Furthermore, we used SMART to identify domains of these proteins (Figure 3). SAG2C, SAG2X, and SAG2Y all have two domains, while SAG2D only has one domain. SAG2D has an insertion of an adenosine, causing a frame shift and a premature stop codon, presumably leading to a truncated protein. SAG2C and SAG2D have transmembrane segments, while no transmembrane segments were identified on SAG2X and SAG2Y. From Figure 3, we could see that these proteins have no signal peptides, indicating that they are mature proteins. Members of the SAG2 family also differ in terms of open reading frame size, with the smaller SAG2D protein consisting of only one SAG domain, whereas SAG2C, SAG2X, and SAG2Y contain two SAG domains interrupted by a single intron. This indicates that SAG2C, SAG2X, and SAG2Y proteins have similar structure domains except SAG2D protein, which only has one domain.

fig3
Figure 3: Prediction for protein domain. A web-based tool—SMARTM was used to figure out the domains of these proteins: transmembrane segments predicted by the TMHMM2 program (segments in blue color), segments of low compositional complexity determined by the SEG program (segments in purple color), signal peptides determined by the SignalP program (segments in red color), and domain (segments in gray color).
3.3. Construction of 3D Model for SAG2C, -2D, -2X, and -2Y Proteins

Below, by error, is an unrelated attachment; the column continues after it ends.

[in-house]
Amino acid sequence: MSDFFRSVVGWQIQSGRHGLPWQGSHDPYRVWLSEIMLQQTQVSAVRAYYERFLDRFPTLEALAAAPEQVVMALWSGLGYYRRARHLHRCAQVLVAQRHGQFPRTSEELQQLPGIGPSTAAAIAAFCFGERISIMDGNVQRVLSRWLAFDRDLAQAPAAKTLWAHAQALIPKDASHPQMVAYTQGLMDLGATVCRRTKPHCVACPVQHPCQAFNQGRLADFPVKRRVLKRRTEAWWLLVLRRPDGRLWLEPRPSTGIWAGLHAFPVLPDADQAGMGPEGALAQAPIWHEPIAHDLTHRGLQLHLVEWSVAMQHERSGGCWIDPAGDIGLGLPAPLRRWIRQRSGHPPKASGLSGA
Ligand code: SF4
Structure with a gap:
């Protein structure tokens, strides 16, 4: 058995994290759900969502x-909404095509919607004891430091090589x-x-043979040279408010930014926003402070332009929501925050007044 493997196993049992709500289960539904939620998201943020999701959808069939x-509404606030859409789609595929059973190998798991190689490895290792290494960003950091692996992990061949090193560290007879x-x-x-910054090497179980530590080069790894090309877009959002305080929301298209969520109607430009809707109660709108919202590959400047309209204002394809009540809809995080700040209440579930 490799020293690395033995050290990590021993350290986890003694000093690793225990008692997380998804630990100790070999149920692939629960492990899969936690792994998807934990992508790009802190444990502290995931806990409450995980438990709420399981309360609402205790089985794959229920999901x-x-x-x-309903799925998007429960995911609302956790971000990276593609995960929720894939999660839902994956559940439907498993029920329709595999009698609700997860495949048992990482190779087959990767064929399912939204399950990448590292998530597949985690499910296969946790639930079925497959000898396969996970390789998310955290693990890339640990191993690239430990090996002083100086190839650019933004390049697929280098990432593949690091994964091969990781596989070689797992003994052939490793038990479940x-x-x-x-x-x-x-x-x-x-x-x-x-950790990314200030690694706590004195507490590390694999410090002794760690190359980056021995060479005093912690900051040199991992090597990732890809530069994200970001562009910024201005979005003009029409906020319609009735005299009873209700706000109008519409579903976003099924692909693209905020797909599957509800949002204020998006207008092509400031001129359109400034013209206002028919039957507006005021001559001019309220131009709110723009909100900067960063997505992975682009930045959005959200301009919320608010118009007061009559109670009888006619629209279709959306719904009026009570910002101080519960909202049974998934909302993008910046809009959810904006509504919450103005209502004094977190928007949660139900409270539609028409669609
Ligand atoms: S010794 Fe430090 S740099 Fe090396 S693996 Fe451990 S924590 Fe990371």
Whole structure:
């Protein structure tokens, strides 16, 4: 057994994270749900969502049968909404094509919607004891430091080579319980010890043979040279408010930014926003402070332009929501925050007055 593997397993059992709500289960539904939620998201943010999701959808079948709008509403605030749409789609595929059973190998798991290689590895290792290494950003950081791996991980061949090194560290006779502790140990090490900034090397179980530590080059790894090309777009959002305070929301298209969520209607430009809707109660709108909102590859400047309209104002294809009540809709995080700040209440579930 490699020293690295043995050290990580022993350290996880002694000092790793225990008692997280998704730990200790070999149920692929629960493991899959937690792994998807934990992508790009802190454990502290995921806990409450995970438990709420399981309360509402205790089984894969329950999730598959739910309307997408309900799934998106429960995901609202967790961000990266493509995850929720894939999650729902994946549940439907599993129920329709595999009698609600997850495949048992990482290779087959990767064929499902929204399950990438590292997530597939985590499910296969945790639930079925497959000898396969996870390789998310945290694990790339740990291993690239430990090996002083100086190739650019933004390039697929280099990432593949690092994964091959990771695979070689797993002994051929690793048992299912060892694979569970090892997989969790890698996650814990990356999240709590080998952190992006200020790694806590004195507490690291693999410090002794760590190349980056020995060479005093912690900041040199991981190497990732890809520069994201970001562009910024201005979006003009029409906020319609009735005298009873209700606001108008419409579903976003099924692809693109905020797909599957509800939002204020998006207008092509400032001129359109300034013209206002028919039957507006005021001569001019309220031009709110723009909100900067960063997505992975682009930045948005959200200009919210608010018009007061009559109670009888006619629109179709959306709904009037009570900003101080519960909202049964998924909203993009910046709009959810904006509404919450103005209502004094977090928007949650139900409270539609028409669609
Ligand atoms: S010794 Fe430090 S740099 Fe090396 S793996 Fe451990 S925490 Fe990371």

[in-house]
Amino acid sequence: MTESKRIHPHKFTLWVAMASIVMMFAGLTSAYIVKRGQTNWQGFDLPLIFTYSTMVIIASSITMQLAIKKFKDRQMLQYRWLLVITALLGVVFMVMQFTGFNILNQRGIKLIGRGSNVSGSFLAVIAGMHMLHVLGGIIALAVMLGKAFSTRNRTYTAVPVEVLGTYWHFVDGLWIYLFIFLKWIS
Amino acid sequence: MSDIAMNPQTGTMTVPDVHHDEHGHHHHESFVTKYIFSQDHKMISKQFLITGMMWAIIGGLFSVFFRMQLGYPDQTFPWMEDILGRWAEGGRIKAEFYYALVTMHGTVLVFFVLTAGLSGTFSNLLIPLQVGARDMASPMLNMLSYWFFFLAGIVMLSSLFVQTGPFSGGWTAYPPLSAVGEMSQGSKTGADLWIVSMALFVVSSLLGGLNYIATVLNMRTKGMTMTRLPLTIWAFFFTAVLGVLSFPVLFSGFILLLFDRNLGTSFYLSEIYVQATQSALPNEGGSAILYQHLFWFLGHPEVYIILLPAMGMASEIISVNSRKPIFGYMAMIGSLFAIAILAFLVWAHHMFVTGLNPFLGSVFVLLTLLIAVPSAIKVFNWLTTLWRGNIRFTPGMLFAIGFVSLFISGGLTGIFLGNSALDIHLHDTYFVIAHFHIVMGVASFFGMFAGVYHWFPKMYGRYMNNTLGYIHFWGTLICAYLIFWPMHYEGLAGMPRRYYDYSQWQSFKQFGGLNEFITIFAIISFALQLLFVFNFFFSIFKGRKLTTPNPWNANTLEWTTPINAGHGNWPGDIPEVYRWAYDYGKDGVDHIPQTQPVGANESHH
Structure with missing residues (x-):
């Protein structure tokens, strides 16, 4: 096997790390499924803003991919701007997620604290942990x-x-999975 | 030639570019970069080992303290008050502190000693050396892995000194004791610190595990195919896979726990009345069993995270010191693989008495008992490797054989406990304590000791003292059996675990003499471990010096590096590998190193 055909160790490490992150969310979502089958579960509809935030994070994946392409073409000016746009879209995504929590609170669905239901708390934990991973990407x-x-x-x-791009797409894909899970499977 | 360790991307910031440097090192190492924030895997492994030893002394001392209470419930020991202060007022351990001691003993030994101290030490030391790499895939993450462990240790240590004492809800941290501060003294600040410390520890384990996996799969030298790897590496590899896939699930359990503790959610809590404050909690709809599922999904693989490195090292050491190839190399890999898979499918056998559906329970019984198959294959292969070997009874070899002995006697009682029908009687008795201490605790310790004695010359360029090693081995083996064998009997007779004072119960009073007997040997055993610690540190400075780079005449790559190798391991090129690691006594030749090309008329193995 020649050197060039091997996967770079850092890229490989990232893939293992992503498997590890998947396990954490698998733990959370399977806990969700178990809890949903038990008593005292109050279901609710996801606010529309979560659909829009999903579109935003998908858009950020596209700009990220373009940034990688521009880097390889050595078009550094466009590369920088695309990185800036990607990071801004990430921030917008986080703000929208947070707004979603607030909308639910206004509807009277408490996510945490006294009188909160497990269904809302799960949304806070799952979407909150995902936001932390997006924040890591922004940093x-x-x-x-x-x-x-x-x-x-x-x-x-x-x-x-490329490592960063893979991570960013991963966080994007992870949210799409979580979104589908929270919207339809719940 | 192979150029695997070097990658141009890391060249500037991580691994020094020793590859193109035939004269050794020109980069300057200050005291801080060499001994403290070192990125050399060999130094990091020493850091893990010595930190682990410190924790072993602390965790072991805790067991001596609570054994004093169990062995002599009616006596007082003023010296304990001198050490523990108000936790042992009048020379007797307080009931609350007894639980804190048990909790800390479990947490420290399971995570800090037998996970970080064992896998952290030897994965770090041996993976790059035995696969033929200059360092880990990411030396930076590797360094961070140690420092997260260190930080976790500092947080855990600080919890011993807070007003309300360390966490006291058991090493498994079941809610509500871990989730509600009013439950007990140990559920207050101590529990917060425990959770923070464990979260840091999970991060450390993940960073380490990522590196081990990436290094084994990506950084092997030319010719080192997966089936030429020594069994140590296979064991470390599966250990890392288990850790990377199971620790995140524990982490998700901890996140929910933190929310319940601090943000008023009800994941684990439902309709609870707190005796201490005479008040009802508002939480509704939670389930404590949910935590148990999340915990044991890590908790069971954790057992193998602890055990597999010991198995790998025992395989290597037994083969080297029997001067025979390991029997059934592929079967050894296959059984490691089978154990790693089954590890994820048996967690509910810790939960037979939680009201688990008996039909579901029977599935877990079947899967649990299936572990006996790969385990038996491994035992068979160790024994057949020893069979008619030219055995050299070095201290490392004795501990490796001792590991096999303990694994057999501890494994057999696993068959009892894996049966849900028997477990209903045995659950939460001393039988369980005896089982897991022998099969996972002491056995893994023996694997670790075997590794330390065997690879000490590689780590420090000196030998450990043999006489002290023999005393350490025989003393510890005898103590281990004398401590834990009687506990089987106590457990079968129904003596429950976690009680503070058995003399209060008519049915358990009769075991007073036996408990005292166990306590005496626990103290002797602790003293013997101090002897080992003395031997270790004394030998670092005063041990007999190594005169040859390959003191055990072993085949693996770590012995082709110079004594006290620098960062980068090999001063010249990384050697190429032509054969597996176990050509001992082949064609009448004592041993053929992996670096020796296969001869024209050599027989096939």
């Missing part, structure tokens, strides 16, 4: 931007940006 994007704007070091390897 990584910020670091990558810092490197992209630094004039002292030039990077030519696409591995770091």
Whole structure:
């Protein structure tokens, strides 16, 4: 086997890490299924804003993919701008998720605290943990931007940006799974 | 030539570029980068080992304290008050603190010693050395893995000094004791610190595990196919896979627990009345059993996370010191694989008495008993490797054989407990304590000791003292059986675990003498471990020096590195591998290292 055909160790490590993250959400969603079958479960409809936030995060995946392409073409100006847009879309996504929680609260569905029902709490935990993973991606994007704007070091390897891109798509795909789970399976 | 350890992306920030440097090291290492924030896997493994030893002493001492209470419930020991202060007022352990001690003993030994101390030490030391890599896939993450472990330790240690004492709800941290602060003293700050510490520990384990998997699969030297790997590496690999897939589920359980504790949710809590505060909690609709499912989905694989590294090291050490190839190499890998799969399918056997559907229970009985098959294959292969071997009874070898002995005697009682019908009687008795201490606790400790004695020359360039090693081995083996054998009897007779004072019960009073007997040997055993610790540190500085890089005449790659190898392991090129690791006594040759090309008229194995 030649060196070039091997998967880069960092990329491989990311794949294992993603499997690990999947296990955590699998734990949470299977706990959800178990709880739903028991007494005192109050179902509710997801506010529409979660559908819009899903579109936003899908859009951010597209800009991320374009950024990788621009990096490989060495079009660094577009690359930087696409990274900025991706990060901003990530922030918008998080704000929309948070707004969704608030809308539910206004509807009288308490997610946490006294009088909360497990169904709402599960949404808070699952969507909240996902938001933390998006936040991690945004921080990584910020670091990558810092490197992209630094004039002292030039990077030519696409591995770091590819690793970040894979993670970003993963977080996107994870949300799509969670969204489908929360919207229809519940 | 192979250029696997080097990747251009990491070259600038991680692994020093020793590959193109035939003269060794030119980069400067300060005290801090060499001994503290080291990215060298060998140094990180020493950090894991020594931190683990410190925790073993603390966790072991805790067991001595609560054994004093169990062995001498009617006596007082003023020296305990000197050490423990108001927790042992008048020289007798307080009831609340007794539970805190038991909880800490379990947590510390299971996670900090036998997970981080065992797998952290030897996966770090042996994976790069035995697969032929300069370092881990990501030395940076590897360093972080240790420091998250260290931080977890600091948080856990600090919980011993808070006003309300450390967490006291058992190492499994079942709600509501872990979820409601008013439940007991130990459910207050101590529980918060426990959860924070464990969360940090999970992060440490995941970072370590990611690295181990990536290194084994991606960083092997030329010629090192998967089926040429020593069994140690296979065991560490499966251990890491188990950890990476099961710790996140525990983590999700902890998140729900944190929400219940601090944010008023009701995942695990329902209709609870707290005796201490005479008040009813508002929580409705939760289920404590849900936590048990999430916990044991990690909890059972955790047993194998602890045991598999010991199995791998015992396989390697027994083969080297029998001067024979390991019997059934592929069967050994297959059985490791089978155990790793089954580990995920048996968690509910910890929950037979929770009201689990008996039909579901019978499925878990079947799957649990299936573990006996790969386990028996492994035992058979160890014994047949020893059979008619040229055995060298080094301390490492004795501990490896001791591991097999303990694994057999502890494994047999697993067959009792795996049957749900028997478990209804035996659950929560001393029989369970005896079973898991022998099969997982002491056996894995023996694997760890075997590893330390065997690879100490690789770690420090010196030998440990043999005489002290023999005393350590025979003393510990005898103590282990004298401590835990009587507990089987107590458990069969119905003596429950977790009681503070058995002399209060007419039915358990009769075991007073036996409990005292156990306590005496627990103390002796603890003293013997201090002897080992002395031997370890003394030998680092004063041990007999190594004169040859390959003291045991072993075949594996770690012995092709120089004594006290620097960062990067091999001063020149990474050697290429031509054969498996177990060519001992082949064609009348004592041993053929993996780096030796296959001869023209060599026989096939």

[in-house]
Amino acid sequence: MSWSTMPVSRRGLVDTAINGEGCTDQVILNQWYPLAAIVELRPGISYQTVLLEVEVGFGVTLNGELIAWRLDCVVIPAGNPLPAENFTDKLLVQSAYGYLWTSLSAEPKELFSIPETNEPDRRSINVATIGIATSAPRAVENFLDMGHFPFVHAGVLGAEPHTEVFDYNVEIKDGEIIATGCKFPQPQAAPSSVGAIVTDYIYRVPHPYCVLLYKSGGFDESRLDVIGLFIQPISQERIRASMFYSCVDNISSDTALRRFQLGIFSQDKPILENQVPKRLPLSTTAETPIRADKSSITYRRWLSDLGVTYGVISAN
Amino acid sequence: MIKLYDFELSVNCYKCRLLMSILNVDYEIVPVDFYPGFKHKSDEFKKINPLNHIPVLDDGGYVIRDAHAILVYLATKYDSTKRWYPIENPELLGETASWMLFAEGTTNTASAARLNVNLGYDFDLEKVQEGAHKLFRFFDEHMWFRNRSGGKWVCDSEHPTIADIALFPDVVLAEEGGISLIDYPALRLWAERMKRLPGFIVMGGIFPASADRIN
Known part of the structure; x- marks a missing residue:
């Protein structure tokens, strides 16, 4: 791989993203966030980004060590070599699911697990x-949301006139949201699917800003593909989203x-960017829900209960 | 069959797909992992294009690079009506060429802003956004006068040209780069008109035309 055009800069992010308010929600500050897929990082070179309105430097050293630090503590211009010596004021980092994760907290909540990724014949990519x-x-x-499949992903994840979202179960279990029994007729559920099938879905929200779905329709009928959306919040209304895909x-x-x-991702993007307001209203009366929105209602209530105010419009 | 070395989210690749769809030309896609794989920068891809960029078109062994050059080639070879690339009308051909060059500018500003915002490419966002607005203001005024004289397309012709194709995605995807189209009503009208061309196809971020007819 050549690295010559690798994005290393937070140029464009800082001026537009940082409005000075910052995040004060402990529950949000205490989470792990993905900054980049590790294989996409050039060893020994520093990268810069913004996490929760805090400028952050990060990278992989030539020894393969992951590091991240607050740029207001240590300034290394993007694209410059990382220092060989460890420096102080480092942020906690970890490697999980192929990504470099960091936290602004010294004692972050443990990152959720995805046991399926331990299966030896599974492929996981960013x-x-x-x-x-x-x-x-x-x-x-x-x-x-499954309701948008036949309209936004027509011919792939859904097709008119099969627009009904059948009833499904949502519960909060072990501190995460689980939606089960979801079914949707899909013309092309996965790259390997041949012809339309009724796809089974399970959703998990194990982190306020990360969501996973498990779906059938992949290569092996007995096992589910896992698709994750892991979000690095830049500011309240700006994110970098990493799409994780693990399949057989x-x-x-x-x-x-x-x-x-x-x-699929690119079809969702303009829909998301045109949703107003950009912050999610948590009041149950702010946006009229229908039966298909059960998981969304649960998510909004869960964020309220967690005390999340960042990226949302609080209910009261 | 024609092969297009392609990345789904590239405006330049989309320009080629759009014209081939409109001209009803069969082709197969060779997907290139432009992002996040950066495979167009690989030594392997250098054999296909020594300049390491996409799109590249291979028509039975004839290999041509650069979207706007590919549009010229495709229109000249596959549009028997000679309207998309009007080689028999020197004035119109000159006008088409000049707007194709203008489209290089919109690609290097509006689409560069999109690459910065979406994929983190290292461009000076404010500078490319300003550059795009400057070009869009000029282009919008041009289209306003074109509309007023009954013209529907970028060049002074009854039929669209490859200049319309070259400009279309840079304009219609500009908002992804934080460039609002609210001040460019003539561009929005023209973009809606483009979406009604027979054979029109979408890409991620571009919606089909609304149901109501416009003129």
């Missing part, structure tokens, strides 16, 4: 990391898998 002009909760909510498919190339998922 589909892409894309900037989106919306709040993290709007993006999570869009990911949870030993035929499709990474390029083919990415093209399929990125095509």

3D model of SAG2C, -2D, -2X, and -2Y proteins were constructed by I-TASSER server. Five models were set up for each protein by Dr. Zhang’s lab [19]. We selected the model with highest confidence C-score, which estimates the quality of predicted models by I-TASSER. It was calculated based on the significance of threading template alignments and the convergence parameters of the structure assembly simulations [20]. C-score is typically in the range of , and model with a C-score above 2 suggested a high confidence.

Low temperature replicas (decoys) generated during the simulation were clustered by SPICKER and top five cluster centroids were selected to generate full atomic protein models. The cluster density was defined as the number of structure decoys at each unit of space in the SPICKER cluster. A higher cluster density meant that the structure occurs more often in the simulation trajectory and therefore a better quality model. Table 2 showed the parameters for construction D model of each protein.

tab2
Table 2: Parameters for predicted best 3-D model.

The best model of each protein was selected and viewed via VMD program (Figure 4). SAG2C, -2X, and -2Y have obvious two domains, D1 and D2, which are formed by two -strands separated by one -helix; SAG2D has one domain which is formed by one -strand separated by one -helix. The -strands rotate to form a sheet tube that is a common character of these proteins. Furthermore, the binding sites of residues in the model were predicted and showed in Table 3.

tab3
Table 3: Prediction binding site residues in the model.
fig4
Figure 4: The 3D models of SAG2C, -2D, -2X, and -2Y. The sequences of proteins were sent to Dr. Zhang’s lab from the website http://zhanglab.ccmb.med.umich.edu/I-TASSER/. The 3D models with the highest score for each protein were selected. The models were viewed by VMD software, color method was secondary structure (yellow: -strands, purple: -helix, gray: coil), and draw method was new cartoon. The domain of each model was shown out in sheet form.